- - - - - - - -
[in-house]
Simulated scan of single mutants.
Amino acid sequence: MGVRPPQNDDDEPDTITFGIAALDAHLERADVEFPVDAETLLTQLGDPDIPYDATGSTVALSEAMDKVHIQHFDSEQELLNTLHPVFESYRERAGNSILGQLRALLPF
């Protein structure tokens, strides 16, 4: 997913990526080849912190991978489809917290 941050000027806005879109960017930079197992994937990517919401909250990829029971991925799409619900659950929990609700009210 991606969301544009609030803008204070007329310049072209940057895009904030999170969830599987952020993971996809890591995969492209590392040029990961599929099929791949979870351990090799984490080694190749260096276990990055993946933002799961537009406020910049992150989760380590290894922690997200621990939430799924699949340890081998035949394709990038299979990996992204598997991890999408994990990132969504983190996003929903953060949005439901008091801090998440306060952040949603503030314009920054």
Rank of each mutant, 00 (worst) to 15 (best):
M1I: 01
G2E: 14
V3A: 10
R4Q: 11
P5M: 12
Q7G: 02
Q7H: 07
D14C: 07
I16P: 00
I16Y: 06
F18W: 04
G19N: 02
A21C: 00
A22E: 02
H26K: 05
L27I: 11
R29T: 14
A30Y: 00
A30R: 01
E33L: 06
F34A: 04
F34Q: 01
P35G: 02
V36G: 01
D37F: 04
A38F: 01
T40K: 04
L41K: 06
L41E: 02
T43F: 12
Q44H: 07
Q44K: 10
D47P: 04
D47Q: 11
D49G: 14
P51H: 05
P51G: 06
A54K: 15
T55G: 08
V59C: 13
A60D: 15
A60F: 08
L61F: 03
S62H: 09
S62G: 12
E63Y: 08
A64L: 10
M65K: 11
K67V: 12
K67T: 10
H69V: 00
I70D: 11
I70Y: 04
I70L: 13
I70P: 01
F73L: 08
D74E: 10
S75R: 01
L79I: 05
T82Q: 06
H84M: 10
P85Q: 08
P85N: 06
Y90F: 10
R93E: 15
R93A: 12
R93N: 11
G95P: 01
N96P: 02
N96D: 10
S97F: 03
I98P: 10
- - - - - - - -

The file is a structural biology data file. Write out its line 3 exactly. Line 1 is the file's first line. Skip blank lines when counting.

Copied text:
Amino acid sequence: MGVRPPQNDDDEPDTITFGIAALDAHLERADVEFPVDAETLLTQLGDPDIPYDATGSTVALSEAMDKVHIQHFDSEQELLNTLHPVFESYRERAGNSILGQLRALLPF